First, if you have prospective roommates or even current roommates, make sure you are using the TAA Lease forms that pertain to roommates. The TAA Roommate Agreement to the lease is a great place to start. The comprehensive Roommate Agreement enables each co-resident and guarantor to collect monies from a co-resident who defaulted in lease obligations or in obligations to the other co-residents. Like pre-marital counseling, the best part of the Roommate Agreement is that it forces, as a practical matter, the roommates to think about and discuss problems that might arise and what the resolution of those problems should be.

The Roommate Agreement form is not required to be signed by any law, but, perhaps, the form’s most important benefit is to help prevent problems from ever arising in the first place. Making the form available to your residents might be doing them a real favor. From a practical standpoint, it might be best to provide this form to them after they have all signed the lease.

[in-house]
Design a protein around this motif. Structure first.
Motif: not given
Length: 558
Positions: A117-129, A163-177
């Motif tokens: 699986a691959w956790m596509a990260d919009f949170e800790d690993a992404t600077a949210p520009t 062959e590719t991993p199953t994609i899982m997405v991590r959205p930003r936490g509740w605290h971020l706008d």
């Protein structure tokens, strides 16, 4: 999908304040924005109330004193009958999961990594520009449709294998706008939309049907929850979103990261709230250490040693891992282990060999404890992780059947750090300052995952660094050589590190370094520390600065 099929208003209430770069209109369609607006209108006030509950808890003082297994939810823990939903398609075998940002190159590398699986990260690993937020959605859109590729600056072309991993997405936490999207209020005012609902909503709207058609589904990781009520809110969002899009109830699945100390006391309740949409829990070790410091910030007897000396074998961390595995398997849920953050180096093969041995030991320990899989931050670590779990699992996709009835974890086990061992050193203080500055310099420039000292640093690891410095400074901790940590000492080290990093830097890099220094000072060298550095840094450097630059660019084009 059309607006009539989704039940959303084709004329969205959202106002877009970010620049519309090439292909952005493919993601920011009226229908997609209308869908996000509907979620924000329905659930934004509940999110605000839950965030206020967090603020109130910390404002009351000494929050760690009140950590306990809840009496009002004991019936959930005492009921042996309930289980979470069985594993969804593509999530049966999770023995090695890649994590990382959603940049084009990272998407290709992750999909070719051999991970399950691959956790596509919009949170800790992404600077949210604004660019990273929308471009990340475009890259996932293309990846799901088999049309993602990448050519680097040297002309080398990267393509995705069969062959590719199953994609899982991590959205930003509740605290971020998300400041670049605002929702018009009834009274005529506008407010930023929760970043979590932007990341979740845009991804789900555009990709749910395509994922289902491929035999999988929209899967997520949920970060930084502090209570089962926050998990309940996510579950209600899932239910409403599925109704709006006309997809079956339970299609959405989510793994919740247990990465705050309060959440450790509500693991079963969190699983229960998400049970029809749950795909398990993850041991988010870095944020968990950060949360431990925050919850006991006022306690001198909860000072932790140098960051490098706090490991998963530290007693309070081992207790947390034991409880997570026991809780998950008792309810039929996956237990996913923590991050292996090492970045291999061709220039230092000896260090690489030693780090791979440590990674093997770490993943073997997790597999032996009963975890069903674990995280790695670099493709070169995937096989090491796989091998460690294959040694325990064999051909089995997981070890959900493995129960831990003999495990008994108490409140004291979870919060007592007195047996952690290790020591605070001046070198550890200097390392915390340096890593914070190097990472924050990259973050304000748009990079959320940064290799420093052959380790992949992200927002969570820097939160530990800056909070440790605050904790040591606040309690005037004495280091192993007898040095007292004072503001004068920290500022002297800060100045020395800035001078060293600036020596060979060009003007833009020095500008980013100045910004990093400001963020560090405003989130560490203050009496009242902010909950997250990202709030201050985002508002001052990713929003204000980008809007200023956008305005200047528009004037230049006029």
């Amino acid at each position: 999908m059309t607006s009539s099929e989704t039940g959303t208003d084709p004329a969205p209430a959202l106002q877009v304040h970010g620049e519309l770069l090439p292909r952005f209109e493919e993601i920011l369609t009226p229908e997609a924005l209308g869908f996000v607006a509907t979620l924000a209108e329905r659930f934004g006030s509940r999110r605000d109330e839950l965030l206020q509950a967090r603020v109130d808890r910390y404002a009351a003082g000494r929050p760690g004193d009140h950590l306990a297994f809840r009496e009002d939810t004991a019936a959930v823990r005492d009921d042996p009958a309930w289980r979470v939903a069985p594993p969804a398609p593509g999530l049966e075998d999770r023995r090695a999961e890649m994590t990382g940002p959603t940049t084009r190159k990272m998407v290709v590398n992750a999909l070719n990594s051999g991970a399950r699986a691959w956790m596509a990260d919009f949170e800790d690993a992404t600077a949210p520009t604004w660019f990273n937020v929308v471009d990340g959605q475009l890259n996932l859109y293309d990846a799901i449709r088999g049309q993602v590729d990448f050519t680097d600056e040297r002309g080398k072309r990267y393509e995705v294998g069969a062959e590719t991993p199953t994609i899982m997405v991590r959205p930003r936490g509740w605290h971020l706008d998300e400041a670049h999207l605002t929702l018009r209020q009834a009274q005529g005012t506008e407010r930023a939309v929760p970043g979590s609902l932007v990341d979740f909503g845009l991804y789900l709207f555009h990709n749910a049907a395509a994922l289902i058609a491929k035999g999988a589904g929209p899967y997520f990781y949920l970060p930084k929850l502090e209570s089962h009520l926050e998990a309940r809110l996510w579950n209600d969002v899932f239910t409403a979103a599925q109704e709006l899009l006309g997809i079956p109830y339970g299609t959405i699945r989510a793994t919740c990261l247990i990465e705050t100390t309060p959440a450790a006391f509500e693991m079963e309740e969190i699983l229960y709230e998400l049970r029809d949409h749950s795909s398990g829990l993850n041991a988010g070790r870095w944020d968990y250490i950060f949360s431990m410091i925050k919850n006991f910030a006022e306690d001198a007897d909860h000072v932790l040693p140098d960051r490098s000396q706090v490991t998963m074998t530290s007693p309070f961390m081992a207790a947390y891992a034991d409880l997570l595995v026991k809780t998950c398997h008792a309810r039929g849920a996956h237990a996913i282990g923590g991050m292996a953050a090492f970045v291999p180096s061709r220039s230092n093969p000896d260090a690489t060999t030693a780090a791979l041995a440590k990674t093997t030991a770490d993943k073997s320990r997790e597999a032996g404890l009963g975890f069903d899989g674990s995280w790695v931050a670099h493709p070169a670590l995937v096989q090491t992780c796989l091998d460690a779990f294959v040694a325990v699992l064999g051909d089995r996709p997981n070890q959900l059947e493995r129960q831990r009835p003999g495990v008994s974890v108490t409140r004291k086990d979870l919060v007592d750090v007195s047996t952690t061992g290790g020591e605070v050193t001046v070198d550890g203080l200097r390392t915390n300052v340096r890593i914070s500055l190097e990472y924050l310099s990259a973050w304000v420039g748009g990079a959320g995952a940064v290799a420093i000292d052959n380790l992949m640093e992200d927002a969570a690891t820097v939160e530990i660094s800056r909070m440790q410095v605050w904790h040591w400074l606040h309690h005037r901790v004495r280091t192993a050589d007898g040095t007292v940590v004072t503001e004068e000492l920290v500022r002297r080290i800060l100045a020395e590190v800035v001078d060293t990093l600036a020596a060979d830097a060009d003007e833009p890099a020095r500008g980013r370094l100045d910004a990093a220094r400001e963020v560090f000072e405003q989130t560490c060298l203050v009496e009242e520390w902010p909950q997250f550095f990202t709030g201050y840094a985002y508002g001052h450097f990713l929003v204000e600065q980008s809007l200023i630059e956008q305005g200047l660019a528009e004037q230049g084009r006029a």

Second, take the extra time to fully explain to all parties their joint obligation to the landlord. Paragraph 29 (Multiple Residents) of the TAA Lease is extremely important. Highlight it, mark it with a star, go over it, go over it again, and again. Make sure each roommate understands this paragraph. A simple head-nod may not be enough. You may want to get each roommate to initial this paragraph and ask them by name if they fully understand.

Third, ninety-nine times out of a hundred, ALL roommates will be leaseholders. In this case, ALL are subject to meeting rental criteria (credit and criminal history, income, length of employment, etc.). Rent is due the first. As a landlord, you do not care who pays, but you do care how, and most importantly, when rent is paid. You can require one check or one electronic payment. If rent is not paid, then they ALL can be evicted. If damage occurs to the rental unit, ALL are responsible. If one roommate violates the lease, ALL roommates get a lease violation. As we say in Texas: “Y’all means All.”